This is a clip from Episode 2 of Bomani Jones' new HBO show Game Theory. It would appear they're going for a sports version of John Oliver's Last Week Tonight, judging by the smattering of audience laughter after such zingers as, "Look, just because there was some crypto in the Super Bowl doesn't mean you can call it 'The Crypto Bowl.' Just like we can't call the upcoming World Cup 'The Slave Cup.'" And by the fact they put the premiere episode on right after LWT, hoping to capture the same audience as Oliver, which is the highest rated show on the network.
Yeah, about that. If you didn't catch either episode so far, you're in good company.
Source - Bomani Jones debuted last week to just 153,000 viewers, losing a stunning 80% of [Last Week Tonight's] viewership. ...
How many viewers watched episode 2? We don’t exactly know because the number was so low that it failed to chart.
See, only the top 150 daily cable programs make the chart, as advertisers view programs outside the margin as completely irrelevant, a scratch. In other words, the cable industry doesn’t consider Bomani Jones’ new show worth mentioning. His ratings are that bad.
On Sunday, a day most cable channels don’t air original programming, Jones in primetime lost to a 2 am airing of “PAID PROGRAMMING.” It’s unclear what “JUGADA, LA LF SUN” is, yet its 0.02 rating and 66,000 viewers still charted, while Jones didn’t.
It turns out, even a 1:01 pm re-air of cornhole on ESPN2 is more popular than Jones’ new program. The random cornhole showing managed a 0.02 and 55,000 viewers.
To expand upon that list, among the shows in the 140s was The Weather Channel's Weekend Recharge and an MLB Network Spring Training Game between the Braves and the Mets. A show that's been invested in as heavily as Game Theory should draw more numbers than that accidentally. Just from people who were lulled to sleep on the couch by John Oliver's soothing British accent or who left the screen on while checking their phone on the toilet. Which means the public is intentionally, definitively, aggressively, specifically turning Jones off.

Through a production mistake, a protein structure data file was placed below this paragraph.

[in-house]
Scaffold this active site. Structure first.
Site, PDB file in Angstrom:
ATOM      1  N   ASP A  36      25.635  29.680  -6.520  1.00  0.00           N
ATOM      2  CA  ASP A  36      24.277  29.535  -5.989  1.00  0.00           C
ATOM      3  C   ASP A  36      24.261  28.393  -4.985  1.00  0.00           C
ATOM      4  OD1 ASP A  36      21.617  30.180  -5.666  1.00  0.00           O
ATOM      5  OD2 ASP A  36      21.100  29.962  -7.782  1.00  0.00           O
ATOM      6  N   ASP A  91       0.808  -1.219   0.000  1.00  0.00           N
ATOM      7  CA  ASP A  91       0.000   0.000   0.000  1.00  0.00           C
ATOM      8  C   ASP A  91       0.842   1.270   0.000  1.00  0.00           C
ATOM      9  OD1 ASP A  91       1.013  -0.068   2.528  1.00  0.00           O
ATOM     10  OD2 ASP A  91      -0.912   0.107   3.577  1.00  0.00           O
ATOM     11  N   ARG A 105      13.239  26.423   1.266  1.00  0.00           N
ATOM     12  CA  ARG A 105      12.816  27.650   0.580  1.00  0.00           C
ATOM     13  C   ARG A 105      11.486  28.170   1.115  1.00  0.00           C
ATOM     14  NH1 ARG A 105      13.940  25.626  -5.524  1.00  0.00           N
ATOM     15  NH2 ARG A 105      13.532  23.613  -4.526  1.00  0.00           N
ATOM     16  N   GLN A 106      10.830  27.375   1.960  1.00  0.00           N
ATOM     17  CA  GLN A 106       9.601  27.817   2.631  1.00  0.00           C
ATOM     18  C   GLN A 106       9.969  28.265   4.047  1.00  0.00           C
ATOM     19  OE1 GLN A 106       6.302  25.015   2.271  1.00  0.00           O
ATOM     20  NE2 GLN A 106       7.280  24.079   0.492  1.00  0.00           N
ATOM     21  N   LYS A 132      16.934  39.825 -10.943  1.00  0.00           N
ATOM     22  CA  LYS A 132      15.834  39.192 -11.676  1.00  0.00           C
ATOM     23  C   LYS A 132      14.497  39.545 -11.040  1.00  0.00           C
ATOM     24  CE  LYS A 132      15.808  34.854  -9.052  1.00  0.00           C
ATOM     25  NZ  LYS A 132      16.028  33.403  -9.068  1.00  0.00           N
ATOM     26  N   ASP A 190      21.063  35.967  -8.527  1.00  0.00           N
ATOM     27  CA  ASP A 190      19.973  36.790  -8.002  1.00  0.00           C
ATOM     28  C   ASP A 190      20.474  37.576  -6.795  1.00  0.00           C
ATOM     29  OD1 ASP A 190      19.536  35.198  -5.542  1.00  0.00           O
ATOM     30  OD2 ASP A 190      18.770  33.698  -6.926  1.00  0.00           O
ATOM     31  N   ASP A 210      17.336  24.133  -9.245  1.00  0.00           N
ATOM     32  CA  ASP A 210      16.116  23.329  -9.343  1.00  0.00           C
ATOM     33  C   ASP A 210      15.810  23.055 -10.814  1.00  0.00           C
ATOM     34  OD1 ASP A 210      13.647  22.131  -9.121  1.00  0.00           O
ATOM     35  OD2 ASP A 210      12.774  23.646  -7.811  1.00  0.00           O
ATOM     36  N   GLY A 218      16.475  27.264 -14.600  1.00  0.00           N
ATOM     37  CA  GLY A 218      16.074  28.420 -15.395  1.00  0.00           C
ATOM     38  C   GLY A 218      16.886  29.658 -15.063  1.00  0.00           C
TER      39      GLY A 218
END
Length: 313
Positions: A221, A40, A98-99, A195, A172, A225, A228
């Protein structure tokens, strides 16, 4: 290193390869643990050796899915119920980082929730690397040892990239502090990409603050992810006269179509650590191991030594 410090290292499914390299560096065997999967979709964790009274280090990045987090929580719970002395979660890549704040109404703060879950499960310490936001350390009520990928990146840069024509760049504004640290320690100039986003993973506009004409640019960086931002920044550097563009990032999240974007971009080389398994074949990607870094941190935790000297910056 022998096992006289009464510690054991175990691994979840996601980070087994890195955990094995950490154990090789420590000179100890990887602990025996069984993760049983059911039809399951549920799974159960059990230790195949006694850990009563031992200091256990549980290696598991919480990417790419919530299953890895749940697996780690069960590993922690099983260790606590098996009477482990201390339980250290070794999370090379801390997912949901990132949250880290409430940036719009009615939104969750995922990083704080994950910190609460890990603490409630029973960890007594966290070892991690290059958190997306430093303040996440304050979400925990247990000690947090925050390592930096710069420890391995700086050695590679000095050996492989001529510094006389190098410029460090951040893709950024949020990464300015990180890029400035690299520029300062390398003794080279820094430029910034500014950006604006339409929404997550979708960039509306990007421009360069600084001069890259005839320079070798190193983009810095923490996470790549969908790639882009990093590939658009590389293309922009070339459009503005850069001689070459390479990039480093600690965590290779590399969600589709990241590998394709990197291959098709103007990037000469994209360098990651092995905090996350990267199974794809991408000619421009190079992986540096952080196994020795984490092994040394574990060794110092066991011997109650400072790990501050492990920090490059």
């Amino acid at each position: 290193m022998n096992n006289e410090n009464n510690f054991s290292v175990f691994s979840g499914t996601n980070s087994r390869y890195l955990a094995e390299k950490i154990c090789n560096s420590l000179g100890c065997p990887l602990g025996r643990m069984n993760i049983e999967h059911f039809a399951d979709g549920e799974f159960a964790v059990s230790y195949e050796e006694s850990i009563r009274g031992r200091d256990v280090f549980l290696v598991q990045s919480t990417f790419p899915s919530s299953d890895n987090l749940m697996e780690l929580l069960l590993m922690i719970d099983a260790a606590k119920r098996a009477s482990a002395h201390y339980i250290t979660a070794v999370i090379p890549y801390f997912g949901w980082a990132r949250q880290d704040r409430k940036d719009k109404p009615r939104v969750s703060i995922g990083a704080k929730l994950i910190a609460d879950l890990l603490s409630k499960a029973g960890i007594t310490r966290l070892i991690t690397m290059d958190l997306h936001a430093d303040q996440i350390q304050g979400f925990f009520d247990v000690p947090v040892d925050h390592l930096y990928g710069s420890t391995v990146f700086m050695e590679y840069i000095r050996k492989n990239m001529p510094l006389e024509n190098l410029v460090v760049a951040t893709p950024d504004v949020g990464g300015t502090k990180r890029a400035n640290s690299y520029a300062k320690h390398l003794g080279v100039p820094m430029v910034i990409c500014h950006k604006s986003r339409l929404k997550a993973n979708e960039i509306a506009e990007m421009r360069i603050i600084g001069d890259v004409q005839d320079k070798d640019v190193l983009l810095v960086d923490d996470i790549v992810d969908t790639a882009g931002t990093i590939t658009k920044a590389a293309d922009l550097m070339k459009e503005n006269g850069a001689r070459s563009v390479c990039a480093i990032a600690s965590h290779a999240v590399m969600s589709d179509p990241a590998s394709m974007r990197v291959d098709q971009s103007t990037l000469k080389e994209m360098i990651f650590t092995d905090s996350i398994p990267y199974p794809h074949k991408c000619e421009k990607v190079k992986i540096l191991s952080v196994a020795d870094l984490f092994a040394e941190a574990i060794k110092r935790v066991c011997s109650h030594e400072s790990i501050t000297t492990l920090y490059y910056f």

I mean, to further put those numbers into perspective, back in 2016 - so six fewer years into the decline of basic and premium cable at the hands of the streaming services - HBO poleaxed Bill Simmons' show after one season due to a paltry viewership hovering around 200,000 per episode. Jones is drawing a quarter of that. At best.
Who knows, maybe Game Theory will find its audience. Shows like Cheers and The Office were in danger of getting canceled in their first seasons, and look what happened to them. But it better happen immediately. When the public prefers a paid advertisement about a vitamin supplement or rotisserie oven or whatever on CNBC to an ESPN veteran talking about cryptocurrency with Joe Montana and Cris Carter, you're already on borrowed time.
Let's just hope the few Jones' fans who were watching have come around on PFT after all these years.